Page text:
The Top 10 Terps of My Time, Part I
With Greivis Vasquez starting to play to his potential in the NBA and Terrell Stoglin leading the ACC in scoring, the discussion has come up during the last few days about where these two fit in Maryland basketball history. So, I decided to put together a list of my Top 10 Terps.
Please note: This is a list of the top Terps of "my time," so it does not include anbody who played before I watched, which pretty much coincided with the start of the Gary Williams era -- no Len Bias, no Len Elmore and no John Lucas. Also, the list is based only on what they did at Maryland.
Here goes ...
No. 10: Byron Mouton
One of my favorite players on the national championship team, Mouton was a Tulane transfer who ratcheted up the Terps' passion. He was a starter on both Maryland Final Four teams. According to Gary Williams: "Byron changed our team when he became a starter after the Maui tournament and Wisconsin game. That team was interesting because we had some laid-back guys, and Byron is not afraid to show his emotions. That, along with his ability as a basketball player, really helped us."
No. 9: Chris Wilcox
If Mouton was the emotion on the national champs, Wilcox was the raw energy. He started the championship season on the bench as a sixth man, but fewer then 10 games into the season, he pushed his way on the court. His run as a dominant big man coincided with the Terps' title run. When he flipped the switch, he was virtually unstoppable. His stay at Maryland was too short, but the time he had there was unforgettable.
No. 8: Laron Profit
Well, there was this:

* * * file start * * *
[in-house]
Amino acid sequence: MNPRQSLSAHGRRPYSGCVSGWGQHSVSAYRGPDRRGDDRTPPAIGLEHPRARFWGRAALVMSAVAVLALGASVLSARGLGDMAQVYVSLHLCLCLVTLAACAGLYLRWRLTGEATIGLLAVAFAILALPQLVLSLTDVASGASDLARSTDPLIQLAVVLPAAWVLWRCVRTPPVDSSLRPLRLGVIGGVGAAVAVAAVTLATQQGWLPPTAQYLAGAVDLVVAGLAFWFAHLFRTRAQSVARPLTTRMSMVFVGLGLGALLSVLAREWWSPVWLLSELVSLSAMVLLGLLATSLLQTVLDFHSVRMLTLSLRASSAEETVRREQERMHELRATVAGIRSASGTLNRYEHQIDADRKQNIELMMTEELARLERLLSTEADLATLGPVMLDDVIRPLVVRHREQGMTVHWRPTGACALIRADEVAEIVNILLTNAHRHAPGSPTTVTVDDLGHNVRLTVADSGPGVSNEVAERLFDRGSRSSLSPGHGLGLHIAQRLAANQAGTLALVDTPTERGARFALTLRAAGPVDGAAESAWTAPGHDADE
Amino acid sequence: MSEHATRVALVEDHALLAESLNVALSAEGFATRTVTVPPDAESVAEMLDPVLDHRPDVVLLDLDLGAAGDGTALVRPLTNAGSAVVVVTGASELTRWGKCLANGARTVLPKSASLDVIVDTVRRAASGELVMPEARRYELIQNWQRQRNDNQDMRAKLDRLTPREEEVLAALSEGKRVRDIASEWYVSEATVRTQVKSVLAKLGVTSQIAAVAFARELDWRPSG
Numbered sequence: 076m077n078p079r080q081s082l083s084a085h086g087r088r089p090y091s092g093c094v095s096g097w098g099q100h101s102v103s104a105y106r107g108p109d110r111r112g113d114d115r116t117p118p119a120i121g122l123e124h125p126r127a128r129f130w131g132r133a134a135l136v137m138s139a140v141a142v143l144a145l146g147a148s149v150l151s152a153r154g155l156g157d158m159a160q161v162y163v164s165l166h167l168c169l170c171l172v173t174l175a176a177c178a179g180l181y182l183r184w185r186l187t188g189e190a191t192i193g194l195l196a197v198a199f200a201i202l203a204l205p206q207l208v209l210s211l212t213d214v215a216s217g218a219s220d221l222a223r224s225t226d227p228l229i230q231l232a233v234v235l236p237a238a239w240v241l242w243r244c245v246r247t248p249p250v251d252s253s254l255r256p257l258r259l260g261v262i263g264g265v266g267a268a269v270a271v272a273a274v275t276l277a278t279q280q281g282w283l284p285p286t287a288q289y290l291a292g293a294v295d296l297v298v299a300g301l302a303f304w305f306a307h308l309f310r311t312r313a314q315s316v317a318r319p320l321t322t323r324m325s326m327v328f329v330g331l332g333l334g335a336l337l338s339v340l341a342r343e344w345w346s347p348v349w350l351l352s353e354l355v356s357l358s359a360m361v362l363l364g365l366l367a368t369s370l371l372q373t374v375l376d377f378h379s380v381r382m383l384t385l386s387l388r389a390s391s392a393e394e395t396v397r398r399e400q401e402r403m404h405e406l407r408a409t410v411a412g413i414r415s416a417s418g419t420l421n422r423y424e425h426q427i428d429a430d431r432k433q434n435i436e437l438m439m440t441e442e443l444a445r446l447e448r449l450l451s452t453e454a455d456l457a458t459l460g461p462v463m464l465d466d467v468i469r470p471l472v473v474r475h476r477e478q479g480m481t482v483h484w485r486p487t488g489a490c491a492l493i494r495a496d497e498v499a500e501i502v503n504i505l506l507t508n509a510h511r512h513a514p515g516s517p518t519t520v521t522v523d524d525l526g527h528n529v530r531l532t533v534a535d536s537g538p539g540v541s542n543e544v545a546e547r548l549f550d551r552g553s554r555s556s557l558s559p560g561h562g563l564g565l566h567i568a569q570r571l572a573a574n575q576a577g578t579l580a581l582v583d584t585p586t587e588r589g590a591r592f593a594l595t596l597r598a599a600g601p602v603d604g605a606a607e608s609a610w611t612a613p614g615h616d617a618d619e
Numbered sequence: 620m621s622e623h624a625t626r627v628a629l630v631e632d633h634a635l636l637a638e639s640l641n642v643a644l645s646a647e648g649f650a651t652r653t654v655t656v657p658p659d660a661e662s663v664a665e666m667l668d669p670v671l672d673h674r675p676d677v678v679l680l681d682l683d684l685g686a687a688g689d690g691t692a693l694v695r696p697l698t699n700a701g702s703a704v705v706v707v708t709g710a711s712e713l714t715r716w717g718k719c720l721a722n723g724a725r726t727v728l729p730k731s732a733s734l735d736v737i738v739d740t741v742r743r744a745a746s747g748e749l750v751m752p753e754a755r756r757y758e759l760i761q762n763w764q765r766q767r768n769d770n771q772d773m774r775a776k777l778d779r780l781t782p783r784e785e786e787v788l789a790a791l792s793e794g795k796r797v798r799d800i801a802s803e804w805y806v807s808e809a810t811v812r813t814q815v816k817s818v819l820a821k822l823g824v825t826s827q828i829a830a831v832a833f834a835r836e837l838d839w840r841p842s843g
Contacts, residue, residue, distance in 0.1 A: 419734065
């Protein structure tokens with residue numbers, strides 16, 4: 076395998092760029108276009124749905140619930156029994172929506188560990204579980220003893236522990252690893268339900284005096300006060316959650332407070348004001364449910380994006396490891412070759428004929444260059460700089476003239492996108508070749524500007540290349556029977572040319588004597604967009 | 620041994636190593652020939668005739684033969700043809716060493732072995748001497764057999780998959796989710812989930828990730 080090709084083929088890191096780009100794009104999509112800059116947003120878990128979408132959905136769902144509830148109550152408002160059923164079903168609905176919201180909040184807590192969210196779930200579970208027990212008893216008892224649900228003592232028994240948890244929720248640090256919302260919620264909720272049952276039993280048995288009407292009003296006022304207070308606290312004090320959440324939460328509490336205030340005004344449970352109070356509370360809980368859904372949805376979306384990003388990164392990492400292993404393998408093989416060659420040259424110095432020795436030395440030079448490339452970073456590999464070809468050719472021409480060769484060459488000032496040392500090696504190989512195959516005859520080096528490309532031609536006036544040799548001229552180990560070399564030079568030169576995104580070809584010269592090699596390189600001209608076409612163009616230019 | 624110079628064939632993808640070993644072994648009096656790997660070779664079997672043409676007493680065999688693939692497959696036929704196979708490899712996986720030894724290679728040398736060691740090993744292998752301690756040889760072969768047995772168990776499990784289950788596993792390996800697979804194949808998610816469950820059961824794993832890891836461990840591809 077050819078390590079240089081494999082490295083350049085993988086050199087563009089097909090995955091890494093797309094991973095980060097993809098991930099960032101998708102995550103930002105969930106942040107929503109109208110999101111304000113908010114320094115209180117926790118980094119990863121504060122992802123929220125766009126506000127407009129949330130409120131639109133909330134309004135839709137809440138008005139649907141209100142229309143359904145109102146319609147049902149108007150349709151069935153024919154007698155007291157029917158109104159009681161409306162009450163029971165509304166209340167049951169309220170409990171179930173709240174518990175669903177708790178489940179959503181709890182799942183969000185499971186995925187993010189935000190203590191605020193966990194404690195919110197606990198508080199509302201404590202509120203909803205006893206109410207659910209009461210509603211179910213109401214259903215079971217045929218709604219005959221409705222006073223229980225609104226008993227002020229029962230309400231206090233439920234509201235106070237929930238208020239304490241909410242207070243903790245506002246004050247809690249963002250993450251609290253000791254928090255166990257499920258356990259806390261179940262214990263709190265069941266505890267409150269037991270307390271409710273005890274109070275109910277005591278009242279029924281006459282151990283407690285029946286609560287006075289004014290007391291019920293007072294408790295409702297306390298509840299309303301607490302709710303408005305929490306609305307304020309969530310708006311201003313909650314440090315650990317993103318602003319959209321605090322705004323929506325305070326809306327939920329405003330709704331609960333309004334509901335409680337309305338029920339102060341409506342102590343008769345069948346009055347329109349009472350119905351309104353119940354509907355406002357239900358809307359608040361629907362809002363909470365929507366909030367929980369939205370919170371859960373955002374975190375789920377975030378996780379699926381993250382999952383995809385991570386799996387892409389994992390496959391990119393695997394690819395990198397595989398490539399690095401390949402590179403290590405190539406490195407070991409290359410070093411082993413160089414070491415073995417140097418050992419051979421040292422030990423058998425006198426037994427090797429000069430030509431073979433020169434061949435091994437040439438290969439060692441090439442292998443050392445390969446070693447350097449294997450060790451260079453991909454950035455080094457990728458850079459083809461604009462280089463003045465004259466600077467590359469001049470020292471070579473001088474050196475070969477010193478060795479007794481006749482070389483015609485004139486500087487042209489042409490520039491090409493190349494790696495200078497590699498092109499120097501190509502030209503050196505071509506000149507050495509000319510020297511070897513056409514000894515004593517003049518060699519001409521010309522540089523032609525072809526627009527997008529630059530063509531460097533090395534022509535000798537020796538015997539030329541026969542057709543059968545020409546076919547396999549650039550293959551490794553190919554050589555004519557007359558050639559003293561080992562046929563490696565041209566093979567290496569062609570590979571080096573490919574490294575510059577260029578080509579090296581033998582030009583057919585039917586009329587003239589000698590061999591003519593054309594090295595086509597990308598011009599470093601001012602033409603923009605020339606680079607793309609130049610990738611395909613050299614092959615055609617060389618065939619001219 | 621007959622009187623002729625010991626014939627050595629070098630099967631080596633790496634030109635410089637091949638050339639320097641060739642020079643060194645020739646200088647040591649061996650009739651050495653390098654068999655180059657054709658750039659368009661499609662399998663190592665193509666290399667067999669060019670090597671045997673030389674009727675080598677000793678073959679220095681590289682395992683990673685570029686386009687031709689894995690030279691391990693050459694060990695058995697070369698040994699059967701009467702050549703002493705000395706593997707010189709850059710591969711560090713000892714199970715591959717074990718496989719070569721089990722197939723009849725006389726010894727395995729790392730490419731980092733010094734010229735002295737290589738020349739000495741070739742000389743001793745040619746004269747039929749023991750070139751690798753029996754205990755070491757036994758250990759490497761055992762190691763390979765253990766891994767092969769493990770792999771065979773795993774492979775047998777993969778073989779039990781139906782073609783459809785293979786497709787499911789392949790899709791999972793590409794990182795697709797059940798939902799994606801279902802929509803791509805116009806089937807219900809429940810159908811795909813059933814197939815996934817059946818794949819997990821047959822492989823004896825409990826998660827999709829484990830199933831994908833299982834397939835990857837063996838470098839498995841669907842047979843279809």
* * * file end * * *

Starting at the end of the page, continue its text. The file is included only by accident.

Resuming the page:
But the true reason I loved Profit was his defensive intensity. He always seemed to come up with a huge steal at just the right time. His teams could never get over the hump, but they laid the framework for the national champs.
No. 7: Steve Francis
The only reason not to love the Franchise is his one-and-done status. A junior college transfer, Francis was one of the few players during Gary's tenure for whom he reached out of his mold. Stevie was spectacular during his only season in College Park, leading the Terps to a No. 2 seed and the Sweet 16, while averaging 17 points and 4.5 assists a night. Had Francis come back for his senior season, the Terps would have been title favorites.
No. 6: Keith Booth
What can you say about the guy that almost single handedly re-built the Maryland program? Although Gary Williams arrived in 1989 amid scandal and had been at the school for five seasons, it wasn't until the Terps' Sweet 16 run in 1994 that Maryland truly "came back." The 1994 appearance ignited a run of seven Sweet 16 appearances during 10 years. The small forward from Dunbar High School was the poster child for that turnaround. An eventual first-round pick in the NBA Draft, Booth finished his impressive career at Maryland among the Terps' all-time leaders in scoring (ninth, 1,776 points), rebounding (sixth, 916 points), steals (fifth, 193) and is one of 15 players to have his jersey honored above the Terps' home court at Comcast Center.
Picks 1-5 Coming Tomorrow
Posted Feb. 8, 2012